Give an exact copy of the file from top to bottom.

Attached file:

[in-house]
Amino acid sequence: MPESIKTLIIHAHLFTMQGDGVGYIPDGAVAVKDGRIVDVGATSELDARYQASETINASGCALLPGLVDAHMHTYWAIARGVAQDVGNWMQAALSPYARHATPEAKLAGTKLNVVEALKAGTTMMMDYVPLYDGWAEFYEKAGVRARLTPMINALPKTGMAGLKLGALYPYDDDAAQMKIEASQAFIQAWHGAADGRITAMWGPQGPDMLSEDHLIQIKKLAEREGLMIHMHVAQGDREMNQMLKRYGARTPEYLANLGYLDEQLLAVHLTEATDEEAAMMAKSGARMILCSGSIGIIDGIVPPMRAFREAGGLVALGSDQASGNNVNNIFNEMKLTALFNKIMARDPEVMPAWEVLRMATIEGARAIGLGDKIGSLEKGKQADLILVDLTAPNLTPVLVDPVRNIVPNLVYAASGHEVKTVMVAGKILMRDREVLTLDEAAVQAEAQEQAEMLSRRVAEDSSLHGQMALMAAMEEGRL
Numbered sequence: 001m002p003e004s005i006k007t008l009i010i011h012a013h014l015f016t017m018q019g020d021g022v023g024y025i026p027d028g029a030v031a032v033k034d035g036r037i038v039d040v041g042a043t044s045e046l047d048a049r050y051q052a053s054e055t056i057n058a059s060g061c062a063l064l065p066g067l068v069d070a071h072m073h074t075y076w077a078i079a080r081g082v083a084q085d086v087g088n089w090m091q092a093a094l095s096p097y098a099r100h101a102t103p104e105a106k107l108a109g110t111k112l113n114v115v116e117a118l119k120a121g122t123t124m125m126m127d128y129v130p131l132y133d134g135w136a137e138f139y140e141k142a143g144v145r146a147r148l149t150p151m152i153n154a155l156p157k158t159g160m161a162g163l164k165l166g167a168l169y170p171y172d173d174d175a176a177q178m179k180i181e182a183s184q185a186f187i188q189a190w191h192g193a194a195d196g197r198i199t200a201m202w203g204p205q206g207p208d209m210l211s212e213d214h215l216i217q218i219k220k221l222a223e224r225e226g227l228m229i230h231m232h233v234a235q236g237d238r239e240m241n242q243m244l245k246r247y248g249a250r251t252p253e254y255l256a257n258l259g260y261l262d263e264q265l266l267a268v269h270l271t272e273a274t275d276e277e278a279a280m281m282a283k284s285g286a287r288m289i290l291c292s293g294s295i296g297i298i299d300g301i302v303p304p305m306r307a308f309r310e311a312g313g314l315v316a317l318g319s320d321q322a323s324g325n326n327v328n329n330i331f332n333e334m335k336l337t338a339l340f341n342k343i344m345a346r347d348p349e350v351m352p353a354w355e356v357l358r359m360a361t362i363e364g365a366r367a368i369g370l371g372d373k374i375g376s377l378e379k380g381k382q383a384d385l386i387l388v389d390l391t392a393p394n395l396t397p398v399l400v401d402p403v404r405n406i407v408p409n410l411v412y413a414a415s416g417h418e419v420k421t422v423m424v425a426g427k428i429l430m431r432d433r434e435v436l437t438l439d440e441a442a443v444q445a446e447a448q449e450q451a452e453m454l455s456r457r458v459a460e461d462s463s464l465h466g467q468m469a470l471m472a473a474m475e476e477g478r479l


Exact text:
[in-house]
Amino acid sequence: MPESIKTLIIHAHLFTMQGDGVGYIPDGAVAVKDGRIVDVGATSELDARYQASETINASGCALLPGLVDAHMHTYWAIARGVAQDVGNWMQAALSPYARHATPEAKLAGTKLNVVEALKAGTTMMMDYVPLYDGWAEFYEKAGVRARLTPMINALPKTGMAGLKLGALYPYDDDAAQMKIEASQAFIQAWHGAADGRITAMWGPQGPDMLSEDHLIQIKKLAEREGLMIHMHVAQGDREMNQMLKRYGARTPEYLANLGYLDEQLLAVHLTEATDEEAAMMAKSGARMILCSGSIGIIDGIVPPMRAFREAGGLVALGSDQASGNNVNNIFNEMKLTALFNKIMARDPEVMPAWEVLRMATIEGARAIGLGDKIGSLEKGKQADLILVDLTAPNLTPVLVDPVRNIVPNLVYAASGHEVKTVMVAGKILMRDREVLTLDEAAVQAEAQEQAEMLSRRVAEDSSLHGQMALMAAMEEGRL
Numbered sequence: 001m002p003e004s005i006k007t008l009i010i011h012a013h014l015f016t017m018q019g020d021g022v023g024y025i026p027d028g029a030v031a032v033k034d035g036r037i038v039d040v041g042a043t044s045e046l047d048a049r050y051q052a053s054e055t056i057n058a059s060g061c062a063l064l065p066g067l068v069d070a071h072m073h074t075y076w077a078i079a080r081g082v083a084q085d086v087g088n089w090m091q092a093a094l095s096p097y098a099r100h101a102t103p104e105a106k107l108a109g110t111k112l113n114v115v116e117a118l119k120a121g122t123t124m125m126m127d128y129v130p131l132y133d134g135w136a137e138f139y140e141k142a143g144v145r146a147r148l149t150p151m152i153n154a155l156p157k158t159g160m161a162g163l164k165l166g167a168l169y170p171y172d173d174d175a176a177q178m179k180i181e182a183s184q185a186f187i188q189a190w191h192g193a194a195d196g197r198i199t200a201m202w203g204p205q206g207p208d209m210l211s212e213d214h215l216i217q218i219k220k221l222a223e224r225e226g227l228m229i230h231m232h233v234a235q236g237d238r239e240m241n242q243m244l245k246r247y248g249a250r251t252p253e254y255l256a257n258l259g260y261l262d263e264q265l266l267a268v269h270l271t272e273a274t275d276e277e278a279a280m281m282a283k284s285g286a287r288m289i290l291c292s293g294s295i296g297i298i299d300g301i302v303p304p305m306r307a308f309r310e311a312g313g314l315v316a317l318g319s320d321q322a323s324g325n326n327v328n329n330i331f332n333e334m335k336l337t338a339l340f341n342k343i344m345a346r347d348p349e350v351m352p353a354w355e356v357l358r359m360a361t362i363e364g365a366r367a368i369g370l371g372d373k374i375g376s377l378e379k380g381k382q383a384d385l386i387l388v389d390l391t392a393p394n395l396t397p398v399l400v401d402p403v404r405n406i407v408p409n410l411v412y413a414a415s416g417h418e419v420k421t422v423m424v425a426g427k428i429l430m431r432d433r434e435v436l437t438l439d440e441a442a443v444q445a446e447a448q449e450q451a452e453m454l455s456r457r458v459a460e461d462s463s464l465h466g467q468m469a470l471m472a473a474m475e476e477g478r479l